Healthcare guidelines are making doctors and patients enemies. Our leaders need to get it together, your doctor is supposed to be a trusted advisior. And if you don’t trust your advisiors, bad things can happen.

Bide your time!

January 27, 2009

Having a Congenital Heart Defect affects your entire life. You would be surprised at the number of normal, ordinary things that have to be done differently because of it.

Next Monday, I have to call the pacemaker lab for a telephone check. The technology has gotten better; I used to have to put two bracelets on my wrists, connect wires to the bracelets, and then lay the telephone handset in a special cradle that communicated with the lab. Now all I have to do is connect a small box to the telephone line and place a handheld monitor over the pacemaker. The box places the call automatically, and let’s me know if it is not getting a good signal from the pacer.

You have to watch your diet all the time. You can eat anything you want on the Congestive Heart Failure diet – as long as you don’t exceed 2000 milligrams of sodium and 2000 milliliters of liquid per day. 2000…? Well, perhaps I can’t eat anything I want! Most processed meats are out, and most seafood. Bummer!

Gotta watch the Vitamin K intake when you’re on Anticoagulation therapy, too. So ease up on the leafy green veggies.

“Simple” medical procedures suddenly aren’t so simple any more. My dentist didn’t pull my wisdom teeth, but rather sent me over to an Oral Surgeon… just in case. The Oral Surgeon didn’t pull my teeth in his office, like he normally would have. The procedure took place in an operating room at the hospital … just in case.

And playing on my mind today is my hernia. It’s acting up… and has been acting up a lot lately. It used to be pretty sedate, but it is looking more and more as if I’ll have to have it repaired, and soon.

Hernias are easy to fix, you’re thinking, and you are right. But I have low blood oxygen. I’m not going to do anything without talking it over with my Cardiologist first. I am NOT Standard Hernia Repair #195,034, I’m rather unusual.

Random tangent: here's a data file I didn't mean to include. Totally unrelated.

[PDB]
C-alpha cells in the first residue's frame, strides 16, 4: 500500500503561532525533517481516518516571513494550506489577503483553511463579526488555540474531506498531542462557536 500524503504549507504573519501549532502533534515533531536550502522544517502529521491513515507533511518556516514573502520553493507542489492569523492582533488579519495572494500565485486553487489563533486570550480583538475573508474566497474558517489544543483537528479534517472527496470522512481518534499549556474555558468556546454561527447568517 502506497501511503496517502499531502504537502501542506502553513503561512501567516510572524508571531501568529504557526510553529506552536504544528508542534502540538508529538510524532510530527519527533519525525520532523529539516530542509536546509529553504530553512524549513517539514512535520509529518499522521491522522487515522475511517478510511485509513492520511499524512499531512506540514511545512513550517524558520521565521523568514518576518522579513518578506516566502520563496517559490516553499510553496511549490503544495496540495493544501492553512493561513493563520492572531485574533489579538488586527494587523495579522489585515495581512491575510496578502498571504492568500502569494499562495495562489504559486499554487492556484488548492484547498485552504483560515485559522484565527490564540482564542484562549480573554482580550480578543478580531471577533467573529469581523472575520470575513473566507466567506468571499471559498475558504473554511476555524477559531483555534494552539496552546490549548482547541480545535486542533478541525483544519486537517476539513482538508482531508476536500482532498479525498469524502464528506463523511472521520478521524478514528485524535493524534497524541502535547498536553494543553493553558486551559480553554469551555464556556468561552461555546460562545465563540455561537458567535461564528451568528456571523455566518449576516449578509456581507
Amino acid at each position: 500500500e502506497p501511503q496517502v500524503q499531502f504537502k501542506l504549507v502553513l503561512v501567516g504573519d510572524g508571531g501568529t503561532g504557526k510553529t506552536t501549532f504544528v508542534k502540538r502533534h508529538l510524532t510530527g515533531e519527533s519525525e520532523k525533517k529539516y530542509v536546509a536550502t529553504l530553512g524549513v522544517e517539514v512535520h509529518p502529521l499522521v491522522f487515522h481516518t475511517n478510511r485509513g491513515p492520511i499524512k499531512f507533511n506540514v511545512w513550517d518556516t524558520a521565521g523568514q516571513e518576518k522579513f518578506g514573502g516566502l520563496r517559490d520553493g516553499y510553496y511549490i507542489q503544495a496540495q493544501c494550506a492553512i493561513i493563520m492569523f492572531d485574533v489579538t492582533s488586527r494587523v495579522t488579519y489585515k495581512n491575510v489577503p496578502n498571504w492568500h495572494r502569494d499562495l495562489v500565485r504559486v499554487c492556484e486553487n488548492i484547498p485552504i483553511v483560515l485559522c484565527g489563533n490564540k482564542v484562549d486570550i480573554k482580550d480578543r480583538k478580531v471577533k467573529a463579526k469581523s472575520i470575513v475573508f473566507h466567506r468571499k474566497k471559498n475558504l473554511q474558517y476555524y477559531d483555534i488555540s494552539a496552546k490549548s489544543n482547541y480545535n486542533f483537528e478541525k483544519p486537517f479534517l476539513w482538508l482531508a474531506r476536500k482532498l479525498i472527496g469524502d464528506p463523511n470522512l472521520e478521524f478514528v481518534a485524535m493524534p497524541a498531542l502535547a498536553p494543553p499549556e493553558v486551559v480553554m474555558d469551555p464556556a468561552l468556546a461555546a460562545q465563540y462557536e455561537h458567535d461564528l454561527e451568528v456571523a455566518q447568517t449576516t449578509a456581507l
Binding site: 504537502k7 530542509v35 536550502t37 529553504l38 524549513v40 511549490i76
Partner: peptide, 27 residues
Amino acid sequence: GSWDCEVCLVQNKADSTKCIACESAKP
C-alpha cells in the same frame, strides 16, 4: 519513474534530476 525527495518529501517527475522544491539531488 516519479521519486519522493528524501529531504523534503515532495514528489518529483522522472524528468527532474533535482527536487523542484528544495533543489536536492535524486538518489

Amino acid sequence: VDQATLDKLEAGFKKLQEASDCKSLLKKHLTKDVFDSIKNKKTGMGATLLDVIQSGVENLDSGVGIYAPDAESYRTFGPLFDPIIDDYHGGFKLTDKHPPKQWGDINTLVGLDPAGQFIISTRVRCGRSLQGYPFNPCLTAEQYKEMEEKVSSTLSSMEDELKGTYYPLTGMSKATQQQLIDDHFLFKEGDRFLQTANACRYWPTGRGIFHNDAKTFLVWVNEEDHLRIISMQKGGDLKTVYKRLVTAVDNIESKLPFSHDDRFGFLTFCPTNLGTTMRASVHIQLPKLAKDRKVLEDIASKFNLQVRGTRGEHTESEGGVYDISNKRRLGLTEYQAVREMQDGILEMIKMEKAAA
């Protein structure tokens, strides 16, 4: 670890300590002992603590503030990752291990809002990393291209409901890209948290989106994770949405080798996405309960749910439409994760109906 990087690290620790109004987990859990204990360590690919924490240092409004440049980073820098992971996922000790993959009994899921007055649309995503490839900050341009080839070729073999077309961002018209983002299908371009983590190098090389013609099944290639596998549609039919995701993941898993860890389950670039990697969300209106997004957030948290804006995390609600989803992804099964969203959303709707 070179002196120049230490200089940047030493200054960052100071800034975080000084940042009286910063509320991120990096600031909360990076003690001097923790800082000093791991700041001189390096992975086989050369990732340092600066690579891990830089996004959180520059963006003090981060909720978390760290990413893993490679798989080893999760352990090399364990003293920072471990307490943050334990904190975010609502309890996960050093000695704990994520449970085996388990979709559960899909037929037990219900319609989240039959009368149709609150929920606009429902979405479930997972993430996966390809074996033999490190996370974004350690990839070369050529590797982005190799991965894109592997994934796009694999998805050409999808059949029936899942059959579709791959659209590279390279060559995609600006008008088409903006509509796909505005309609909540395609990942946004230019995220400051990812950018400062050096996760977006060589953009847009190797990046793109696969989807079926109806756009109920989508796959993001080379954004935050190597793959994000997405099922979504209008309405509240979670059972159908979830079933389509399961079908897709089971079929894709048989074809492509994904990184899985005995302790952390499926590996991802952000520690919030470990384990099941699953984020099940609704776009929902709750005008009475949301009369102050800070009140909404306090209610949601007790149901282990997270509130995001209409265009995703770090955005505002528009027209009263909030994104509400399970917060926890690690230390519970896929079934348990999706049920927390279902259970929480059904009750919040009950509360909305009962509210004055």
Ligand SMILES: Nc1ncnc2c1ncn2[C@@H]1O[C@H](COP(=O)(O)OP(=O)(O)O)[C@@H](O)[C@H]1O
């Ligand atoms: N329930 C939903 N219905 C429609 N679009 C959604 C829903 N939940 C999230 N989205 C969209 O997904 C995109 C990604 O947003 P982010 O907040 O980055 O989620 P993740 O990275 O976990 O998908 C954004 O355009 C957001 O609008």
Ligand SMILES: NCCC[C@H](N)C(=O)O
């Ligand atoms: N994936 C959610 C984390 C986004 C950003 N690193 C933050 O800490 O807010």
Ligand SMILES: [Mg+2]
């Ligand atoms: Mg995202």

So what do you do when you have to constantly make your life fit around a bum heart? Well, there’s the simple way – just give up. Sorry, but that is not an option here.

If I give up, my heart defect wins. And I don’t like to lose.

So what do you do? You follow the rules. You reign yourself in. You eventually learn to change the rules and turn your disadvantage into an asset. I can’t tell you how – everyone has to find their own path – but where there is a will, there’s a way!

And you wait – wait for all this medical technology that’s being developed, better medicines, better operations, because some of that will peel your limitations away. And one day we’ll beat Heart Defects, once and for all.

Until then, “I do what I do to defeat the evil inside of me.”

For these links we give thanks

November 26, 2008

Just in case you didn’t know, helicopters don’t glide very well. There have been a rash of medical helicopter crashes lately, which makes some people wonder if they are used too often. This issue is being investigated, and the use of air ambulances is down. So either the number of serious illness and injuries are down (doubtful) or the choppers are flying less. Hmm… why would anyone call for an airlift when it wasn’t needed?

Don’t go here for your medical information, they’ll scare you half to death. And don’t always believe these guys. And if you are looking for drug information, don’t look here. Check out Medscape instead. It’s FREE, and Medscape has a much better drug reference page.

Dr. Wes’ brother asks “Hey, you wanna see an operation?” If you want to see an operation (double bypass heart surgery) click this link. WARNING: The blood is real, and the bone saw is pretty loud.

Laurie smells a familiar smell on a subway car and it takes her back… to an unpleasant place.

Got Heart Failure? Then work it, baby!

I think I know why he is the Happy Hospitalist… he leaves all his frustrations on his blog. Here, Happy tells the story of the guy who thinks that free = more. I’ll take an eye exam, and a rotator cuff repair, with a side order of dental. Oh, and clean out my earwax, too; someone else is paying for it! The costs add up – an implantable defibrillator costs almost as much as some people make in a year. And when you consider this, you realize that our financial situation is just going to get worse. Pay off those credit cards, folks!

Maybe they’ll let us use a spider as payment.

Sometimes though, especially around the holidays, what we really need is a friend.

It’s almost Thanksgiving Day, and I’m spending Thursday with the family. Friday, a friend and I were supposed to just have lunch together, but she has the entire day off! So I’ll be away most of Friday, too. Have a safe, happy, and wonderful Thanksgiving; and remember to be kind to your fellow man and your four legged friends.

And don’t forget, Saturday is Red and Blue Day!

Always yours;

Steve

The Funky Heart